The thing that has most struck me is how much I’m learning.  Like, where have these stories been my whole life? Why have I never even heard of the vast majority of these women before?  We know the answer to those questions, of course; those in power craft the narratives, and powerful women tend to threaten patriarchal systems.  (Some things don’t change!) Still, my experience reading these stories is visceral: the pride and awe I feel when reading about these incredible women, and the frustration that follows when I realize that I’m still carrying around an outdated narrative about women in general.  Because of the stories I’ve been exposed to—and the ones I haven’t been exposed to—our dominant culture has successfully fed me the notion that women of intelligence, ambition, and valor have, historically, been the very rare exception.

 

This notion of exceptionalism is further revealed by the number of times that the narratives in Rebel Girls include lines like this one, about Jingu, a second-century Japanese empress: “Jingu was thought to have all kinds of magical powers.”  Or this one, about Lozen, an Apache warrior who lived in the late 19th century: “People believed she had supernatural powers.”

 

The message is clear–the only way these women could have been so impressive or done such incredible things is that they had the powers of magic at their disposal.  It’s the only possible explanation. But what if these women were just unbelievably brave? What if all of the women that history has cried “witchcraft” at were simply operating from a deep sense of integrity, knowledge of their values, and out of a bravery that compelled them to do what they believed was right?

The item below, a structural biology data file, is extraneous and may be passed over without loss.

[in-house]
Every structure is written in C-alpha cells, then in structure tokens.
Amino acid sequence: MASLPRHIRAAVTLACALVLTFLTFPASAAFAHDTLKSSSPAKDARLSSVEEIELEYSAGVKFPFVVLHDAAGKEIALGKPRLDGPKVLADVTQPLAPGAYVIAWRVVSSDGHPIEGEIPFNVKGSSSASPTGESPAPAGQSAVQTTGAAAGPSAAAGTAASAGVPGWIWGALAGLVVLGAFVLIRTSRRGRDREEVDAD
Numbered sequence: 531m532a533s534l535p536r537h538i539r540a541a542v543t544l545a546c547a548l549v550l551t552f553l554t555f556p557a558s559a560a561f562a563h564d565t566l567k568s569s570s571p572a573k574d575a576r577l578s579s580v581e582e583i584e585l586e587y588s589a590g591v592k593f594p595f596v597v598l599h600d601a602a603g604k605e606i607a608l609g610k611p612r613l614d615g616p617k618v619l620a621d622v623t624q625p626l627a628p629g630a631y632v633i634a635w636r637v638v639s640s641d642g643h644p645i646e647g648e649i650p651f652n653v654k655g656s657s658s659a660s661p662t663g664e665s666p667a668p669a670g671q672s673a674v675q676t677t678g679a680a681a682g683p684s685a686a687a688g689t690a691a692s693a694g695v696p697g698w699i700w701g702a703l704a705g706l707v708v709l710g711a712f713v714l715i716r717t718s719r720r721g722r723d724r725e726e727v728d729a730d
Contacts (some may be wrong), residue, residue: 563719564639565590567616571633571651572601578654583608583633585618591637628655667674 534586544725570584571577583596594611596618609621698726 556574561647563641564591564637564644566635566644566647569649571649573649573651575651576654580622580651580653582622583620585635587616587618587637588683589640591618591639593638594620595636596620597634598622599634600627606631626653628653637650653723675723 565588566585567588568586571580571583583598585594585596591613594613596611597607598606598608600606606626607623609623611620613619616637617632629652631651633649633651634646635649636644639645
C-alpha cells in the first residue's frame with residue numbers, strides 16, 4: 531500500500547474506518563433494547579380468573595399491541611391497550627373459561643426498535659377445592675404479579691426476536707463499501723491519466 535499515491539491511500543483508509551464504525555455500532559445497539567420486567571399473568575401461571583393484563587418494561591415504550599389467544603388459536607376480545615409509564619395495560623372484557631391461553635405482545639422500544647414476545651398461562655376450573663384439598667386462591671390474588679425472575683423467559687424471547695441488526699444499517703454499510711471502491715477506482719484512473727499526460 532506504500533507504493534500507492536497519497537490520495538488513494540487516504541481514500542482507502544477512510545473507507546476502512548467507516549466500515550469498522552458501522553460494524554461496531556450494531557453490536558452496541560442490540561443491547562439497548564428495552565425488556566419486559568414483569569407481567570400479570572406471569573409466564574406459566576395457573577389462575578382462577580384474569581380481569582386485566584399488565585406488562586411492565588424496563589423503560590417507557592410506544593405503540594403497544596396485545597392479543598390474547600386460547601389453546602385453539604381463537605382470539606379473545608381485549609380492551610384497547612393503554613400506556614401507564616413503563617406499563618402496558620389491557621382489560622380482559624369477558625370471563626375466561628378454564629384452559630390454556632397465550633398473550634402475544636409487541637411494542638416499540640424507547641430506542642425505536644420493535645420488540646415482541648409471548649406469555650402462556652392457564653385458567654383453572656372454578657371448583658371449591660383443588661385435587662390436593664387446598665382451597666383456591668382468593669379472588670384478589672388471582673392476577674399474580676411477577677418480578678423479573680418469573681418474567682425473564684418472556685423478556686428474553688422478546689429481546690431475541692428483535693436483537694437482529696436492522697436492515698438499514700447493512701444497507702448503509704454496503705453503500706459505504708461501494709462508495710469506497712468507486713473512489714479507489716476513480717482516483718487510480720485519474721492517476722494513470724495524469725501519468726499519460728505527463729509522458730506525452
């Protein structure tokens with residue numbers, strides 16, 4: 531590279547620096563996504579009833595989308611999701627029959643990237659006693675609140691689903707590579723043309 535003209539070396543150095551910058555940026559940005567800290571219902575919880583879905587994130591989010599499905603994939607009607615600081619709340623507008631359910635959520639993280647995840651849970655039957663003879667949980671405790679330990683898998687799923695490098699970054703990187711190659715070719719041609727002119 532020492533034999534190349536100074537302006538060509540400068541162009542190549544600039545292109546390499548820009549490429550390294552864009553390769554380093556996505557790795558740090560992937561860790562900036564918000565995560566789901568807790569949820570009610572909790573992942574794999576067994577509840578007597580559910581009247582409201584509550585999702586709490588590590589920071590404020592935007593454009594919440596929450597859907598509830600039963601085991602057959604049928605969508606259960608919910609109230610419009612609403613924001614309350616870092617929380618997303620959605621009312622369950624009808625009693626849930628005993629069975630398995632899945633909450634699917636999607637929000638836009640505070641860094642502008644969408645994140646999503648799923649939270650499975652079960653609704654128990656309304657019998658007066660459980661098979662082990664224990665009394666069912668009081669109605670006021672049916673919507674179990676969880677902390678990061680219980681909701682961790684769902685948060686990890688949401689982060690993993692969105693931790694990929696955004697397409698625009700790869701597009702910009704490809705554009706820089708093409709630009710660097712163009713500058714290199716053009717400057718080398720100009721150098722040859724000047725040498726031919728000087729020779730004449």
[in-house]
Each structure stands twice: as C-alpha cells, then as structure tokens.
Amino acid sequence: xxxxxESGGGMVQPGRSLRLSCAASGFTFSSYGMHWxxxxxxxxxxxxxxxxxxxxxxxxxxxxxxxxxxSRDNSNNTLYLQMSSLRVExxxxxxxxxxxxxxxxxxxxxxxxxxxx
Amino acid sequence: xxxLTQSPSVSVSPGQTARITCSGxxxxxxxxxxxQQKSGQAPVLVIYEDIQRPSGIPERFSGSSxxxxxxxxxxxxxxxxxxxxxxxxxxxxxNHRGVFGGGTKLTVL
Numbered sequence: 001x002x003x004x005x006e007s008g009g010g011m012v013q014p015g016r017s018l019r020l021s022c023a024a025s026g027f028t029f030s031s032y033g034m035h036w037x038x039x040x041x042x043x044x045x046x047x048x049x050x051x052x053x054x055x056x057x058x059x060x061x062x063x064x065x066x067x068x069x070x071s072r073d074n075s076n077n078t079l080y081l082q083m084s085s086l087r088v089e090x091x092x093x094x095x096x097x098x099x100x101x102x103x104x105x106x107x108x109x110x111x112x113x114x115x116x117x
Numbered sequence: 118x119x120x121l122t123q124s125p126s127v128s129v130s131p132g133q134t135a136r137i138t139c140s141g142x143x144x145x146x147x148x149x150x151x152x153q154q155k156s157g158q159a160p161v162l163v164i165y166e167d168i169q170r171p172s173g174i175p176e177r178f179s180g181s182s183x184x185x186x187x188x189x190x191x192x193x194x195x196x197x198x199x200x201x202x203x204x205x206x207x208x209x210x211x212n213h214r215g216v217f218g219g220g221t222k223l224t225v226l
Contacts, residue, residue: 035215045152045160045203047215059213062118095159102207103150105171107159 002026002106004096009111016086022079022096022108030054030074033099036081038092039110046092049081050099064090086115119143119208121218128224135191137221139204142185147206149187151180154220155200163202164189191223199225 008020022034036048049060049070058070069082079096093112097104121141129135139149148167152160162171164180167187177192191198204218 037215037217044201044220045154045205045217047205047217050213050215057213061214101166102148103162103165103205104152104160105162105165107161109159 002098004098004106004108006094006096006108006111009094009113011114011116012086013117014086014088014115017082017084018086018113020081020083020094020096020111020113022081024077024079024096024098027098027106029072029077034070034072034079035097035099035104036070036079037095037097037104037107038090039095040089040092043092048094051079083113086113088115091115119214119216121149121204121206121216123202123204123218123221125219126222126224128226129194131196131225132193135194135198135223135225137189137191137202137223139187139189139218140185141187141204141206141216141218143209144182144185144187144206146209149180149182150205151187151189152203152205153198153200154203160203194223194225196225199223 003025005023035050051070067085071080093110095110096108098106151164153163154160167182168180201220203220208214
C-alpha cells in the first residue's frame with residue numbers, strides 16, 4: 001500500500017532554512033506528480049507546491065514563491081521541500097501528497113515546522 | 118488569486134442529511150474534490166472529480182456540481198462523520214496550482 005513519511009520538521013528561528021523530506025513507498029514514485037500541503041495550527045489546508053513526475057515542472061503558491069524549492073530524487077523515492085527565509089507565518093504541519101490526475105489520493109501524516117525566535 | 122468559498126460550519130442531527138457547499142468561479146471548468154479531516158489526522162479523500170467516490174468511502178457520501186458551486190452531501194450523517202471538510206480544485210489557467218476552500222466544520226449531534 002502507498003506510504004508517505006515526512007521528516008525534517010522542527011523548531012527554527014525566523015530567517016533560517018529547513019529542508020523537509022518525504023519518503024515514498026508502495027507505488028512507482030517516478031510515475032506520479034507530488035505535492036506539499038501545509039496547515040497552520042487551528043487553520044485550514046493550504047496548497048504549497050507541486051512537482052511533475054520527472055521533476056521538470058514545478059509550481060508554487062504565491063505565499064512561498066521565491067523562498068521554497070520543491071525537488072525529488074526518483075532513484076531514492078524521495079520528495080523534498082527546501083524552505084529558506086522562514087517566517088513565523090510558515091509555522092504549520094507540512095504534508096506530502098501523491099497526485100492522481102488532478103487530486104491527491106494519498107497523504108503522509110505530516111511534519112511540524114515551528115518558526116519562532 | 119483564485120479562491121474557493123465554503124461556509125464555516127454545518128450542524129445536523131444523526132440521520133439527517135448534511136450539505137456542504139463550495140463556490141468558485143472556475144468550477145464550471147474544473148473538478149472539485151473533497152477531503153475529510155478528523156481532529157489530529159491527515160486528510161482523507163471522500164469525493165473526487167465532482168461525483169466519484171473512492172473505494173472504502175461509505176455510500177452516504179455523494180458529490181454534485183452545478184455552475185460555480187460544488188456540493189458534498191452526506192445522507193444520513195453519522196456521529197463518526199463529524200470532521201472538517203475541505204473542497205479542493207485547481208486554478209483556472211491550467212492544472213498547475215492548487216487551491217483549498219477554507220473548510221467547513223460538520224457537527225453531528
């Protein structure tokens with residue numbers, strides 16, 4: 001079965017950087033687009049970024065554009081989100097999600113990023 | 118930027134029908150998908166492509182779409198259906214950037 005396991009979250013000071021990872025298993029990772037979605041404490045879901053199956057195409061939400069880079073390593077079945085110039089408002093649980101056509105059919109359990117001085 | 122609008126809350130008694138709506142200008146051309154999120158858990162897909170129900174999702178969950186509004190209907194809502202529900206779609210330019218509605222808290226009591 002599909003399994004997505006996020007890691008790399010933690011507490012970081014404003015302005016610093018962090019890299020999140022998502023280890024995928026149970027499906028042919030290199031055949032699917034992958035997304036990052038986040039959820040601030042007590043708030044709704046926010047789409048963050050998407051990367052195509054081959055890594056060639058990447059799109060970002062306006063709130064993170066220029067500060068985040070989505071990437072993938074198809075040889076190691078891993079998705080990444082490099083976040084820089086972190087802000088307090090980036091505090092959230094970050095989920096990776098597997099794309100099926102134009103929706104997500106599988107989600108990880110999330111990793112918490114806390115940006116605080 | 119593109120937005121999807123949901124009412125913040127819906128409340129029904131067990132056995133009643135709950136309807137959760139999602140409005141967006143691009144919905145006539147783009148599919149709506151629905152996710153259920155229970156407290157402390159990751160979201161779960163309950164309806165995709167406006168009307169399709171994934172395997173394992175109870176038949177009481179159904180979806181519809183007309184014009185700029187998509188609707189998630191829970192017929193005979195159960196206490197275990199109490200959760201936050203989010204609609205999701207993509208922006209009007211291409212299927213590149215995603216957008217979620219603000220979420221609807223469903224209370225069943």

This year, on the last day of World Religions Week, while most of the campus was away on Winter Trips, Emery hosted a Holocaust Remembrance Ceremony honoring the life of Hiram Bingham IV, an American diplomat who was stationed in France during World War II.  Harry, as he was known, helped 2500 Jews escape by issuing entry visas to the United States. He toured internment camps and lobbied the American government for aid, documenting the wretched conditions he saw. I don’t think there’s a single person in this room who would argue with me if I characterized this man as a hero.

 

But here’s what we forget.  Bingham was operating in direct violation of the orders of his superiors.  He broke the rules, and in doing so, risked his job and his family’s financial security.  We hear Bingham’s story and forget that, during his lifetime, he was not considered a hero.  In fact, when the U.S. State Department learned of his actions in France, they abruptly pulled him from his position and relocated him to South America, in what was essentially a professional demotion.  A few years later, after he was passed up for another promotion, Bingham quit the Foreign Service. He never shared his wartime actions with his family, and it wasn’t until after his death that his wife and children discovered the documents that would eventually cement Bingham’s status as a righteous Gentile and earn him his own United States postage stamp, among many other awards and honors.  Awards and honors that he never personally witnessed or received.